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Identification of the Genetic Variants Responsible for Primary Biliary Cirrhosis (PBC)

The recruitment status of this study is unknown. The completion date has passed and the status has not been verified in more than two years.
Verified August 2005 by University Health Network, Toronto.
Recruitment status was:  Recruiting
Information provided by:
University Health Network, Toronto Identifier:
First received: September 2, 2005
Last updated: November 28, 2005
Last verified: August 2005
Primary biliary cirrhosis (PBC) is a disease of the liver, which predominantly affects women. It causes slowly progressive liver disease, which eventually causes liver failure, requiring a liver transplant. Several different studies of large patient cohorts indicate that the cause of this disease is likely due to a combination of factors including genetic and environmental. PBC is associated with several other "autoimmune diseases" - recently a gene has been identified to be abnormal in individuals with another autoimmune liver disease, namely rheumatoid arthritis. This gene usually tells the body when to switch off an immune response. This study plans to identify whether individuals diagnosed with PBC have a similar abnormality in this gene called protein Tyrosine Phosphatase.

Liver Cirrhosis, Biliary
Biliary Cirrhosis, Primary

Study Type: Observational
Study Design: Observational Model: Defined Population
Time Perspective: Cross-Sectional
Time Perspective: Prospective
Official Title: Identification of the Genetic Variants Responsible for Primary Biliary Cirrhosis (PBC)

Resource links provided by NLM:

Further study details as provided by University Health Network, Toronto:

Estimated Enrollment: 500
Study Start Date: August 2004
Detailed Description:
Very recently, a single nucleotide polymorphism (SNP) in the PTPN22 gene encoding the Lyp (lymphoid-specific phosphatase) PTP has been shown to be associated with susceptibility to rheumatoid arthritis (RA) and Type 1 diabetes (T1D)4,5. These data are consistent with the known role for Lyp in suppressing T cell activation and with data showing T cell activation (and potentially autoreactivity) to be increased by the RA and T1D-associated PTPN22 variant. The PTPN22 risk allele has also been recently implicated in Grave’s disease and as such appears to represent a susceptibility allele for many autoimmune diseases. As a number of these conditions (RA, T1D etc.) frequently occur within members of PBC families, this PTPN22 variant is very likely to also be involved in PBC, a possibility we will directly investigate in this pilot study. The aim of this study is to analyze the frequency of a specific PTPN22 polymorphism in patients with PBC.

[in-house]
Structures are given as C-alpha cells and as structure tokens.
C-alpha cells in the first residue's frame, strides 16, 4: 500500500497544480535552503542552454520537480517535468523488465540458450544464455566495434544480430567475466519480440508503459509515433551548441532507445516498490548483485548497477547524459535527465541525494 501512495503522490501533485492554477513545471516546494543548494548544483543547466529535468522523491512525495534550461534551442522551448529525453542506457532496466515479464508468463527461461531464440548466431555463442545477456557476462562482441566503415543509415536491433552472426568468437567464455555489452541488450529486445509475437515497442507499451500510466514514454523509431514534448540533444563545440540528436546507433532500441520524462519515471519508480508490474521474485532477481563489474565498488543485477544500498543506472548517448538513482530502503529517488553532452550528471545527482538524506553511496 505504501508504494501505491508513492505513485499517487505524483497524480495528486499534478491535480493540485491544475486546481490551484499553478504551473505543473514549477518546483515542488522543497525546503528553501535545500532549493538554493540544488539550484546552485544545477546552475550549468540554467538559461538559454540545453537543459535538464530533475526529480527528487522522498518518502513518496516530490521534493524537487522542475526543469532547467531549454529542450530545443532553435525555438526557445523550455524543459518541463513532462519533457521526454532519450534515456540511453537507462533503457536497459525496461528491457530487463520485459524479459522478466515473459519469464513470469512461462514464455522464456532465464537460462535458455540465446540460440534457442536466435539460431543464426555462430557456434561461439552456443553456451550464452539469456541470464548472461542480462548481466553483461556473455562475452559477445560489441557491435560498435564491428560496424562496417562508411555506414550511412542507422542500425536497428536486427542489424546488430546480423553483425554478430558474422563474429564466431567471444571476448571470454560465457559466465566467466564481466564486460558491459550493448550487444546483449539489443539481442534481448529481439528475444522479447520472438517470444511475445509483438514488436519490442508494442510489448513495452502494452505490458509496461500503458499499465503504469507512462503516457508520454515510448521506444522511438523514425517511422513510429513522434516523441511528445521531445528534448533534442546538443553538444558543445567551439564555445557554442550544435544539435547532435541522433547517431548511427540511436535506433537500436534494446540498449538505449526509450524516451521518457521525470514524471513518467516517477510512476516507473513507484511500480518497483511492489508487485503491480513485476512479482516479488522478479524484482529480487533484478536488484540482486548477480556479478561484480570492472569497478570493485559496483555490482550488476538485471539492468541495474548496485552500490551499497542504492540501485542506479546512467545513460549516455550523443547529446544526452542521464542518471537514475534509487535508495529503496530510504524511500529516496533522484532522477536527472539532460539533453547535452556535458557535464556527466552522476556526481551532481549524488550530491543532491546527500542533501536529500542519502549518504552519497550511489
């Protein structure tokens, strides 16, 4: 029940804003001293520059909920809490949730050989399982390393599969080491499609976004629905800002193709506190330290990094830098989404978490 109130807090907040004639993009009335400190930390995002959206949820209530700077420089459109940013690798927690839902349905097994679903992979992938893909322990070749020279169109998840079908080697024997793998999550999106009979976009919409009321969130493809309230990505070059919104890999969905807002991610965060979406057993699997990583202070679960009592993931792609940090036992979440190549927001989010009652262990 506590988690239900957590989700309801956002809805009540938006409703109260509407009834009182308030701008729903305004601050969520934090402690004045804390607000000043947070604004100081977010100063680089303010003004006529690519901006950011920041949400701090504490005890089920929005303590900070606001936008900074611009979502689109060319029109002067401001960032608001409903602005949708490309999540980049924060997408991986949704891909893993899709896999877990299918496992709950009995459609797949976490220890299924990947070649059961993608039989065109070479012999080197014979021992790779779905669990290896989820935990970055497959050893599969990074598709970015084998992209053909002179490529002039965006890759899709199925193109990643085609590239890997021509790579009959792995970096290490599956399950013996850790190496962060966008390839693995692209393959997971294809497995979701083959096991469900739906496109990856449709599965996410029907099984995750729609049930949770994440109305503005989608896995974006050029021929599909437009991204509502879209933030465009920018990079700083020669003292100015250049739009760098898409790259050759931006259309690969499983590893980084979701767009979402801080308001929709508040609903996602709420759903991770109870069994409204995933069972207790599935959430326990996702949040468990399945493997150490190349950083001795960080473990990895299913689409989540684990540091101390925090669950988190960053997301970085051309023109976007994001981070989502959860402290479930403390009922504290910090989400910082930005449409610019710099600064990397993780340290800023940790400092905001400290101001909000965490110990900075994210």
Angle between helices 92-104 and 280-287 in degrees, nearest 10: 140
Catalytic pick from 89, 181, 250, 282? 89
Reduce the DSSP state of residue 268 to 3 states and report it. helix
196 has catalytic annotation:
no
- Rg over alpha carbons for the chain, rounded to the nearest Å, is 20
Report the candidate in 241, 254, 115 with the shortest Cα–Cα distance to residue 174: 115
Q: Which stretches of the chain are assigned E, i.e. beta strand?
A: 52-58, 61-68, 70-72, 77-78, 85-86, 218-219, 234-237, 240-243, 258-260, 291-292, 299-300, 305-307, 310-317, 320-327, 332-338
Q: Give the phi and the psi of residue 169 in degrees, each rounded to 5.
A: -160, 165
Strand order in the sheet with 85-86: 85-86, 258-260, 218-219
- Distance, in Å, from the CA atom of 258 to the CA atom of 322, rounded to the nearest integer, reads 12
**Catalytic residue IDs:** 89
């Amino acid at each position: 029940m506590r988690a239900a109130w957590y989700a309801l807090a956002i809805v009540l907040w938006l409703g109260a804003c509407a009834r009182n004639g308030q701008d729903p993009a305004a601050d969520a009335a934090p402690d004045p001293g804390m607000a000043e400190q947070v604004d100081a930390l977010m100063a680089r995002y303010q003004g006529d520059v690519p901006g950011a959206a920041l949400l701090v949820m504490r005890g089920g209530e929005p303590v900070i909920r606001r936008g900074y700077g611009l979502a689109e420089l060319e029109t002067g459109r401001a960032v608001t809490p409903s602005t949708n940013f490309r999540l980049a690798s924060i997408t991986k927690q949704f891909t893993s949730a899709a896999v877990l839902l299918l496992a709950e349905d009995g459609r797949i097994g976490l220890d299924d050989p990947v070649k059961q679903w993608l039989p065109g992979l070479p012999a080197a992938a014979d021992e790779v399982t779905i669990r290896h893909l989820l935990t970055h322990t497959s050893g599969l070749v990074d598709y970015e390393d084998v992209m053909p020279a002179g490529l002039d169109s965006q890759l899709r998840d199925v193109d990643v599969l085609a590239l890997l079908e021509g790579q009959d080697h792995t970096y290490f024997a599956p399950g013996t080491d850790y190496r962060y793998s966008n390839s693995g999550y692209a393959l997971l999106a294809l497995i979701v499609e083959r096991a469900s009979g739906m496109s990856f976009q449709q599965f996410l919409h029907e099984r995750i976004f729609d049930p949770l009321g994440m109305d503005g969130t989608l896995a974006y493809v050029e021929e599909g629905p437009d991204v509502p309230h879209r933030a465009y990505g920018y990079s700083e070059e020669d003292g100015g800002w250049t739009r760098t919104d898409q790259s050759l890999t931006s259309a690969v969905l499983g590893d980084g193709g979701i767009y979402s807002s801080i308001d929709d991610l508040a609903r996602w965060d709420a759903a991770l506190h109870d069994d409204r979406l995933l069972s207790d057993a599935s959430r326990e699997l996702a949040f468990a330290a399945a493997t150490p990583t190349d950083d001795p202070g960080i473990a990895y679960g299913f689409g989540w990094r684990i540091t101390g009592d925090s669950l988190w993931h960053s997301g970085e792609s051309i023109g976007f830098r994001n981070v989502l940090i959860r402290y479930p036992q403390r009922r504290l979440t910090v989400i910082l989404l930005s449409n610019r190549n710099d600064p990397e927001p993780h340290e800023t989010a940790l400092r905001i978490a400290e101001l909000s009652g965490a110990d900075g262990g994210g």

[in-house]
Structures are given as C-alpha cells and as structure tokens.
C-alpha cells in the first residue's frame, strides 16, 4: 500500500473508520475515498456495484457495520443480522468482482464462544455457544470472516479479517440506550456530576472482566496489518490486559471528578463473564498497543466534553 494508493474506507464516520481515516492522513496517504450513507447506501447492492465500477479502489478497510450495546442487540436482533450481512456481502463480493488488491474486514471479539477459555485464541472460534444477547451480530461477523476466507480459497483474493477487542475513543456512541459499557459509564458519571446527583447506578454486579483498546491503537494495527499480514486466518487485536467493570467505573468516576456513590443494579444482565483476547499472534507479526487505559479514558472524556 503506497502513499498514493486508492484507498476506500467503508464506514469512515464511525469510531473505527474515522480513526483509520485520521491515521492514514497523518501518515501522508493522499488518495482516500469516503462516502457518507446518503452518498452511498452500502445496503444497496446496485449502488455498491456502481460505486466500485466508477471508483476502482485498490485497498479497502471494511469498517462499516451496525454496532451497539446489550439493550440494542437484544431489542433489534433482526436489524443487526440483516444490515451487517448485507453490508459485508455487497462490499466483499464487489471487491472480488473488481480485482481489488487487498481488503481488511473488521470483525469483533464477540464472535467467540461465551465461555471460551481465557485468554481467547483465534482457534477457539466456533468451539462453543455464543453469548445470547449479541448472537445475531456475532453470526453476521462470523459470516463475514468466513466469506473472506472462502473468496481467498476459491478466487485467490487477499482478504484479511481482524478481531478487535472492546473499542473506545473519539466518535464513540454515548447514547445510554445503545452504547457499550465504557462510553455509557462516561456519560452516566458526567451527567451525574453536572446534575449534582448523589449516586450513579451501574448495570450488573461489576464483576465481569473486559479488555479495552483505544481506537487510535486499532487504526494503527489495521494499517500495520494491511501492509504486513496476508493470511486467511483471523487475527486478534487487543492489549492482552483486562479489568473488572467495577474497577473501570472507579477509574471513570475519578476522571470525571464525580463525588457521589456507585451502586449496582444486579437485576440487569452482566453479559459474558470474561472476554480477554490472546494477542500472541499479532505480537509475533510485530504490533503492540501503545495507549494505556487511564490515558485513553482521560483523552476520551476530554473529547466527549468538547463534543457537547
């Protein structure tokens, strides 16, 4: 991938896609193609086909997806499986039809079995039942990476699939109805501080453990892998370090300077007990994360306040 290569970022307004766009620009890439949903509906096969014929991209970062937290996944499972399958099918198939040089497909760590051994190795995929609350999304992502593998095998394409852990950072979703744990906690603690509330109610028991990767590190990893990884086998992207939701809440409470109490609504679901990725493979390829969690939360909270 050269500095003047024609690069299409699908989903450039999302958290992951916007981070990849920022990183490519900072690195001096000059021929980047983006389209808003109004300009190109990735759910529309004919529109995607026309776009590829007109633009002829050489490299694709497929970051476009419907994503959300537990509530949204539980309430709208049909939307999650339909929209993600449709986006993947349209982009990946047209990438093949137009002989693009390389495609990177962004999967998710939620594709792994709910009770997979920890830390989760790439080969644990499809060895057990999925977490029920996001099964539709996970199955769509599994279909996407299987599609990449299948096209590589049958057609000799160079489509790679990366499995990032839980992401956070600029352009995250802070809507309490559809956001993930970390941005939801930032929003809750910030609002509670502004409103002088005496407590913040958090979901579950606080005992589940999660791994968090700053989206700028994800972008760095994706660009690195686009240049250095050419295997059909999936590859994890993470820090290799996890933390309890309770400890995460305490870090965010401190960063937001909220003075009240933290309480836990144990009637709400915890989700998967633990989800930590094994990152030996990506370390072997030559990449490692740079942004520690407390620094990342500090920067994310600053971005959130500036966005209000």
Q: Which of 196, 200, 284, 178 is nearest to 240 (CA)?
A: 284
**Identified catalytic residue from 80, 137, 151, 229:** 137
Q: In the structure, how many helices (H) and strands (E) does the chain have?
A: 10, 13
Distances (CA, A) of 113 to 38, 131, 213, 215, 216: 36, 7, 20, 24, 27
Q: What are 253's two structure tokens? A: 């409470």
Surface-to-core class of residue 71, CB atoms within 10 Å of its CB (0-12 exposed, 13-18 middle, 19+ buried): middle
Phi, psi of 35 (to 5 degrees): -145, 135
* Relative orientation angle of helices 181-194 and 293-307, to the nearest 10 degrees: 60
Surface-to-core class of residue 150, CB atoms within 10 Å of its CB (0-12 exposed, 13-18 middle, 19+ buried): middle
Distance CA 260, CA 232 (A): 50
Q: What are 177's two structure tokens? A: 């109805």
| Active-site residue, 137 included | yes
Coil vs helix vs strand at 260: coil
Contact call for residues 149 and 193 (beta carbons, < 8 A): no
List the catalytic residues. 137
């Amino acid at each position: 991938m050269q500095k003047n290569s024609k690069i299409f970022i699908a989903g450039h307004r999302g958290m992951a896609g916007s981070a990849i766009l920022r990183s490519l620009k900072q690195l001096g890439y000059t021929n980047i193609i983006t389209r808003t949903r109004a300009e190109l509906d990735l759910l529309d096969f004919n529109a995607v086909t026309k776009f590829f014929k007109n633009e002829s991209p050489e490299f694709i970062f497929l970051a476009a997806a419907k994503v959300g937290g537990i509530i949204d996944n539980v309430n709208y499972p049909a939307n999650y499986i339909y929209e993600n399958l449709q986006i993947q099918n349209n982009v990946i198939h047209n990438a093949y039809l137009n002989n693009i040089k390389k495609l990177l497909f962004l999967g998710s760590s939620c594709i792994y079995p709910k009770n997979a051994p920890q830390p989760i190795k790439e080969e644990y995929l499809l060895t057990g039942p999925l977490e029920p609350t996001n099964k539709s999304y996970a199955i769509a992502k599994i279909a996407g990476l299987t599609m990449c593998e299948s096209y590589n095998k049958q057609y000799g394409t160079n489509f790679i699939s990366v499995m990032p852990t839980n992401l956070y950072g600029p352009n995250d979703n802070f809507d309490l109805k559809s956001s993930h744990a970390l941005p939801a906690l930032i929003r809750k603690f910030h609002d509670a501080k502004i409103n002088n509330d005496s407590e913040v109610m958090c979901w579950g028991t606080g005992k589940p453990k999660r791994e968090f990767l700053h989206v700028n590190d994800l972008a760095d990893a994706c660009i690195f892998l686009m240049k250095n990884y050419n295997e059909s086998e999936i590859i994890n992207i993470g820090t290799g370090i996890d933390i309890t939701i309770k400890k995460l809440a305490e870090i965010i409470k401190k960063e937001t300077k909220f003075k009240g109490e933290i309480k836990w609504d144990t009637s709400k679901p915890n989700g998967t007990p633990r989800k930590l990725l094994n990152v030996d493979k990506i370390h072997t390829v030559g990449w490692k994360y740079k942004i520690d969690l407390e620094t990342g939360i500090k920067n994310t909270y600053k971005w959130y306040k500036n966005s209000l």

Ages Eligible for Study:   18 Years to 85 Years   (Adult, Senior)
Sexes Eligible for Study:   All
Accepts Healthy Volunteers:   No

Inclusion Criteria:

  • patients attending Liver Clinic at Toronto Western Hospital, Toronto, ON, Canada
  • AMA positive and liver biopsy proven PBC.

Exclusion Criteria:

- AMA negative PBC

  Contacts and Locations
Choosing to participate in a study is an important personal decision. Talk with your doctor and family members or friends about deciding to join a study. To learn more about this study, you or your doctor may contact the study research staff using the Contacts provided below. For general information, see Learn About Clinical Studies.

Please refer to this study by its identifier: NCT00145964

Contact: Catalina Coltescu 416-603-5832

Canada, Ontario
Liver Clinic, Toronto Western Hospital, UHN. Recruiting
Toronto, Ontario, Canada, M5T 2S8
Contact: Jenny (E.J.L.) Heathcote, MD    416-603-5914      
Principal Investigator: E. J. L. Heathcote, M.D.         
Sponsors and Collaborators
University Health Network, Toronto
Principal Investigator: E.J.L (Jenny) Heathcote, MD UHN - Toronto Western Hospital, University of Toronto
  More Information Identifier: NCT00145964     History of Changes
Other Study ID Numbers: 04-0461-AE
Study First Received: September 2, 2005
Last Updated: November 28, 2005

Keywords provided by University Health Network, Toronto:
Biliary Cirrhosis, Primary
autoimmune disease

Additional relevant MeSH terms:
Liver Cirrhosis
Liver Cirrhosis, Biliary
Pathologic Processes
Liver Diseases
Digestive System Diseases
Cholestasis, Intrahepatic
Bile Duct Diseases
Biliary Tract Diseases processed this record on April 28, 2017